This car made me embarrassed to be a newly minted American in the fall of 1960. We had just arrived for the unveiling of Detroit’s spectacular new 1961 models, and I was in car hog-heaven. In my rambles to car dealers, the Rambler-purveyor was last, in part because of its location. But when I finally made it, and laid my eyes on the new 1961 American, I felt betrayed. It was all wrong: the proportions didn’t work, its wheels were too big–the rear ones weren’t even centered in their openings–and the greenhouse was way too skinny in relation to the lower half of the car. If Tonka Trucks had made cars, this is what I might have expected. And if things weren’t bad enough, then I opened the hood. I was not proud to be an American that day.
America was the land of dream cars come true, but this one was a bad dream. I’d never encountered a car with such bizarrely disconnected upper and lower halves.
It was as if there were aircraft-carrier runways on both sides of the greenhouse. I really struggled with this, especially after having spent a nice long session at the Chevrolet-Buick-Cadillac dealer, with their bumper-crop of delights that year.
How could they call this an “all-new” car?
Well, when I saw a on “old” 1960 sitting next to the “all-new” 1961 out in the lot, my seven-year old brain tumbled to the reality of “reskinning”.
These two were a lot more alike than Rambler was trying to let on.
image courtesy flickriver/jacksnell
As out of date as the 1960 looked, given that it was just a slightly refreshed version of the Ur-Rambler of 1950, it still worked a lot better for me than the “all-new” one. Bathtubs are a timeless design.
The original Rambler’s bathtub style had lots of tumblehome, but it was in the form of a graceful arc, not the square-hipped blockiness of its successor. That also did nothing for its interior dimensions either.
While the ten years from 1950 to 1960 brought significant increases in interior space, even for the new compacts that arrived in 1960, the Rambler was stuck inside its obsolete unibody structure, regardless of how well (or not) AMC designers were trying to hide it from the outside. This is a pretty cozy car; undoubtedly the smallest interior of any American car of the period. A Corvair feels spacious in comparison.
And I liked the earlier simple but elegant dashboard better too, despite knowing it was “old”. Given kids’ predilection for everything new, this new Rambler was creating a serious dilemma for me.
The rear seat was no better; narrow in width, due to the intrusion of those large wheel wells. This was very anachronistic for modern cars by then. In fact, the Rambler’s basic architecture reminds one more of a prewar car, in the relationship of the body to its chassis. I had a classmate whose dad drove a ’59 or ’60, and this back seat brings back the snug memories of it. When they bought a ’64 Biscayne, it felt twice at least twice as wide.
In fact, the American just isn’t very American, but something you’d expect to find in the Auto-Parade of 1961 from some European country, and chuckle to yourself about its funny looks, while thinking “that would never fly in America”.
Well, the American didn’t exactly fly in America; let’s say it walked. And sometimes, that’s good enough. It was a pragmatic decision by George Romney to revive the American in 1958, as a low-end compact below the mainstay Rambler line. He knew the Lark was coming, as well as a raft of new compacts from the Big Three. What was there to lose? Nothing, really, and as the cheapest American car in its time, it sold reasonably well, enough to warrant this refresh for 1961.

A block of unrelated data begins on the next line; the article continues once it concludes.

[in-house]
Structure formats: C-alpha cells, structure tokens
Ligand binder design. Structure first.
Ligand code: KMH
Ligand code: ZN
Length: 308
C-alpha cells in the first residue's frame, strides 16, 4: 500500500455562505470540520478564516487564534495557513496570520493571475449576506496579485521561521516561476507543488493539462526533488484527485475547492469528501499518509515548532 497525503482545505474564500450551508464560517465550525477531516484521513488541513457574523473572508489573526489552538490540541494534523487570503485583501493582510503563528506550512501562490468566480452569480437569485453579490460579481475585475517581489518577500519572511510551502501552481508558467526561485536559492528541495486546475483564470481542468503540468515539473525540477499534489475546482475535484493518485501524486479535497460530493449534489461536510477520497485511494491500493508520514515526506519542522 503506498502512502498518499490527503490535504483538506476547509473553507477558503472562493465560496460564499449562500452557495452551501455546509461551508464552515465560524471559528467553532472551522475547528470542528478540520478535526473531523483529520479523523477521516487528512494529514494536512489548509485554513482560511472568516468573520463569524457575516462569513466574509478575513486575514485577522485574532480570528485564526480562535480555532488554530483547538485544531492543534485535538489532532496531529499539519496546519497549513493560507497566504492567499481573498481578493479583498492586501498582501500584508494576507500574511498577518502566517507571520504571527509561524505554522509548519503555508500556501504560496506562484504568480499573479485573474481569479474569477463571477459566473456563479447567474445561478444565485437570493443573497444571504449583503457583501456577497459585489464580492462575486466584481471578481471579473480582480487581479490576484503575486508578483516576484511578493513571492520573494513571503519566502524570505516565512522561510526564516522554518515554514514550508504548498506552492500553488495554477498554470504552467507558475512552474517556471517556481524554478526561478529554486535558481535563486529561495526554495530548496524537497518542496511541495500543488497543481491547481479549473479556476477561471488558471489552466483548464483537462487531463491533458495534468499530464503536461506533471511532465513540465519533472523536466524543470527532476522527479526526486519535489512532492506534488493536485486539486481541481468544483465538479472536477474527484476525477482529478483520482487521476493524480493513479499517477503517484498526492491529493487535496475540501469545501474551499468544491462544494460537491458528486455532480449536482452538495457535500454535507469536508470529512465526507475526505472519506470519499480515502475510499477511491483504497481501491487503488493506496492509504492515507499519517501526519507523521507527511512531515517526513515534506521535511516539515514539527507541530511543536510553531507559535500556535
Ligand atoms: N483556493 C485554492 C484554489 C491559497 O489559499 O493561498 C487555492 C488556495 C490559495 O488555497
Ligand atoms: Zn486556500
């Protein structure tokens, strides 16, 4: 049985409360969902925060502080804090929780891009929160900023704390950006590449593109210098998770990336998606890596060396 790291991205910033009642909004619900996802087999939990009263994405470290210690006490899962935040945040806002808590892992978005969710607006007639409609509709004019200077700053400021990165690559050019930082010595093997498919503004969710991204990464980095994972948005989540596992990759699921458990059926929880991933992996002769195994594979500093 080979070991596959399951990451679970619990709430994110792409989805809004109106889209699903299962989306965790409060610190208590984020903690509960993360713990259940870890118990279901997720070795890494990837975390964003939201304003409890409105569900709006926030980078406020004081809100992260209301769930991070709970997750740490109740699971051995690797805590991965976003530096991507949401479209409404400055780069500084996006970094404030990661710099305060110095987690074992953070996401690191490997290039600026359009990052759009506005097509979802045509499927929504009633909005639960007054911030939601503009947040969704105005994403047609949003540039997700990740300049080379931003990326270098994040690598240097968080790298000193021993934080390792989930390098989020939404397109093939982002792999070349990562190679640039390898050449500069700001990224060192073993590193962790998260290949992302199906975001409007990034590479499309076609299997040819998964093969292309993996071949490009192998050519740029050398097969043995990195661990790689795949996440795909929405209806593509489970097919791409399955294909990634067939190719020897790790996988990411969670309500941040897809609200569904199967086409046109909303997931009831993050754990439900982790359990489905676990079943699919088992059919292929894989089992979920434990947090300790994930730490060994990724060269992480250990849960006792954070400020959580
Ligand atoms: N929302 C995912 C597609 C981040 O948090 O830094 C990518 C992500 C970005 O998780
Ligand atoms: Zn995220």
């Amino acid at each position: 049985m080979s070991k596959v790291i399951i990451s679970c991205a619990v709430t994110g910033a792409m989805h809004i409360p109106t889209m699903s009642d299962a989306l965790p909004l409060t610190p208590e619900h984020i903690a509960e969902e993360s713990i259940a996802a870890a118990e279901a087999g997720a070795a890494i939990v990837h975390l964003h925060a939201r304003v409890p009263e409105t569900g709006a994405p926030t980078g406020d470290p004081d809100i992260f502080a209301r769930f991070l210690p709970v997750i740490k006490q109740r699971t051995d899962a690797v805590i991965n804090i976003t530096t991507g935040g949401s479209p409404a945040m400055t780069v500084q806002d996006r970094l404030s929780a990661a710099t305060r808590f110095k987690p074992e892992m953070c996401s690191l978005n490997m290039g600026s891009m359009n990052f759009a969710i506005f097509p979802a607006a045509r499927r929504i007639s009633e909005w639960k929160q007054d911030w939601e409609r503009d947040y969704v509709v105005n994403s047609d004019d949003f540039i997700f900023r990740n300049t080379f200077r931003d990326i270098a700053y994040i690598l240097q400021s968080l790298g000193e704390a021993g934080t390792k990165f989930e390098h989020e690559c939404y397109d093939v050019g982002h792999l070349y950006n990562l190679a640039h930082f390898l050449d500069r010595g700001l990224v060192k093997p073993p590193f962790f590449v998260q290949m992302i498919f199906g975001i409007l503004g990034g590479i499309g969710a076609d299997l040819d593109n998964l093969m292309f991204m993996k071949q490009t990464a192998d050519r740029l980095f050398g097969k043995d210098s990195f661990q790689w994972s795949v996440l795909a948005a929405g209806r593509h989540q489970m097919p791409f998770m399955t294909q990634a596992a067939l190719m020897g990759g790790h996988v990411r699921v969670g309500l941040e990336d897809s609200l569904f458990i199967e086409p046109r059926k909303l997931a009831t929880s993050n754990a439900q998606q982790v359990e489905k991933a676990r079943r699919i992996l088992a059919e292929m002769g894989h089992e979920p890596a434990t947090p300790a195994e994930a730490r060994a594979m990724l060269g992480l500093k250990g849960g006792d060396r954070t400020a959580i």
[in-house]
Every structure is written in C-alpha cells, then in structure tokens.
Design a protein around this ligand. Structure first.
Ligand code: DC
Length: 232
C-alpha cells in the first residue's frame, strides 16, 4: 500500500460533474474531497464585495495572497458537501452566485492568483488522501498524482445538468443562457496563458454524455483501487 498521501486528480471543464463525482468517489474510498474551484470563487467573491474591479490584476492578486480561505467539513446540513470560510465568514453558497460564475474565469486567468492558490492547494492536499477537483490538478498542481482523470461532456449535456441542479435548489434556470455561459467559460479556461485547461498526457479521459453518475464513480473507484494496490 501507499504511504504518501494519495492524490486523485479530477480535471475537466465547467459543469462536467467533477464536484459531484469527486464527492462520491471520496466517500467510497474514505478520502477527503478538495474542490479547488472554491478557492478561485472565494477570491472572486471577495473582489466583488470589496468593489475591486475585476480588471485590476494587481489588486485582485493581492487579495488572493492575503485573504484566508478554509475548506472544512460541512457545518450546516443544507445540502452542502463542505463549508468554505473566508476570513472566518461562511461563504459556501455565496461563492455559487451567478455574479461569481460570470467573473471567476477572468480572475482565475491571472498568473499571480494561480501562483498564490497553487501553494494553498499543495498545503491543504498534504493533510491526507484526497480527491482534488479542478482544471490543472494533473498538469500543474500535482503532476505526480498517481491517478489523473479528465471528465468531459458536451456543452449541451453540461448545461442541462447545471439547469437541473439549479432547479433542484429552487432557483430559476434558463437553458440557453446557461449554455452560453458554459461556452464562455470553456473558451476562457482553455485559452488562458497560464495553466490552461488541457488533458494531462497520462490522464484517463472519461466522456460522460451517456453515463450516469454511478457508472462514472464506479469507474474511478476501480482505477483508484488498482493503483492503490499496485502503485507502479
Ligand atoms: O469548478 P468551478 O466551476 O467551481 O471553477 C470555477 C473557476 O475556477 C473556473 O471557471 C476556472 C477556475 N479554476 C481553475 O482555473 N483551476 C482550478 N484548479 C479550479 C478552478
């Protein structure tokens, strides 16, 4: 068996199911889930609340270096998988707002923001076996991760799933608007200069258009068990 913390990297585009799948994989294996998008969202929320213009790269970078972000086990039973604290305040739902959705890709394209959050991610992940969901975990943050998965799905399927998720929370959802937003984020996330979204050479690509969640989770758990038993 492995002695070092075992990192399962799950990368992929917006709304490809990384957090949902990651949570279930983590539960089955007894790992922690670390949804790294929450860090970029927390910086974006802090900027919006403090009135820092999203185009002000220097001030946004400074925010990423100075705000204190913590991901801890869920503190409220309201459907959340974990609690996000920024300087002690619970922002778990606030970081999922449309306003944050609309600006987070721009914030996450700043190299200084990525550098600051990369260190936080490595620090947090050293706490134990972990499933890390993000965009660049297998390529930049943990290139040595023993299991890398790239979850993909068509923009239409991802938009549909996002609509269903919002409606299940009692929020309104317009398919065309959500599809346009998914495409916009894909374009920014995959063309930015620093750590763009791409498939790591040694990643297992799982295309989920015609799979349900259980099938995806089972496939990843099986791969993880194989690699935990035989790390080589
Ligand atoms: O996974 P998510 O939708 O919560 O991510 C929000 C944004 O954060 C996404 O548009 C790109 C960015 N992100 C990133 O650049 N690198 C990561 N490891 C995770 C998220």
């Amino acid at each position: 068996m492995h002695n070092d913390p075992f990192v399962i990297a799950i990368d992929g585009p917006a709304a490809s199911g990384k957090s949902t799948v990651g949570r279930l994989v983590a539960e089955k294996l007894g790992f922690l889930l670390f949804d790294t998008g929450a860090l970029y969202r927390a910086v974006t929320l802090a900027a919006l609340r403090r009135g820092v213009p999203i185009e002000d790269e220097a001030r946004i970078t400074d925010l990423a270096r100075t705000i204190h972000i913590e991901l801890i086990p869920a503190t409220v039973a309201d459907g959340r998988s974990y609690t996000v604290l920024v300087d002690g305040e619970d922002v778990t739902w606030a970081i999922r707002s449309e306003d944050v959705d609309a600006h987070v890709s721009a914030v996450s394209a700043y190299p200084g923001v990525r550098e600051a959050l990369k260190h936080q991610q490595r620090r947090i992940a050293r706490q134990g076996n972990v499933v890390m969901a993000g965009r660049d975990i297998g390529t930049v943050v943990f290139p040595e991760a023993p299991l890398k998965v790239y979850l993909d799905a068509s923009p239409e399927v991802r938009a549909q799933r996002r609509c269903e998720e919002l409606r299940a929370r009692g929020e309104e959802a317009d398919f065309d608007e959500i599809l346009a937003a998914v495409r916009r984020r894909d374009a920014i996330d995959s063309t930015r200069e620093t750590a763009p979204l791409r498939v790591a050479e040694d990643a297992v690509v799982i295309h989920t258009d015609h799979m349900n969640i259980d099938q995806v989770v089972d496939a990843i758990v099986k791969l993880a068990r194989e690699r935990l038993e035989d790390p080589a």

By then, the Falcon had dominated its class, and the American’s sales dawdled along, about as fast as it drove along. What was I just saying about walking?
Yes, when I lifted the hood on that “all-new” American in the dealer showroom, I just about decided to head back to Austria. There, down in the bowels of its snug little engine compartment sat a flat head six. So much for “all-new”. As a kid, I knew I was looking at 1920’s or 1930’s state of the art. This was, by far, the last flat head in an American car.
I might have been dismayed then by the primitive little 195.6 cubic inch long-stroke six that made all of 90 (gross) hp, maybe about 75 or 78 in today’s net ratings. But now, I revel in its simple visual delights. No, the jet age had not yet arrived under the American’s hood, where its flat head six lumbered on through 1965.
No, that’s not a stock air cleaner on that little carb. These sturdy-enough mills preferred to spend their lives chugging along at between 1000 and 2500 rpm. Anything much above that felt strained already.
This Rambler is best enjoyed (visually) as a humorous time capsule, as are its many details. Like the trademark finely-ribbed aluminum window frames: a better solution. Even if they did eventually get old.
The American’s odd shape in the big picture results in many curious little snippets, like the his door handle at the far end of that side protrusion. I could go on…
The truth is, I’ve come full circle, and love this little ugly American, with its too-narrow track and all. And of course, I’m not the only one. Its owner is a young woman, who recently picked it up. It’s madly cool now; even more so than all the more prolific old Falcons young folks are driving now. A wide-hipped boxy Rambler American: it doesn’t get much hipper than that, literally.
As I stood there staring at this American, reflecting on my fifty years of feelings about its boxy body, something kept tugging at me: there actually is another car out there that it reminded me of. I’d had the feeling before, but couldn’t quite place it. Suddenly, it popped into my head. Of course, the Volvo pulled it off a lot better.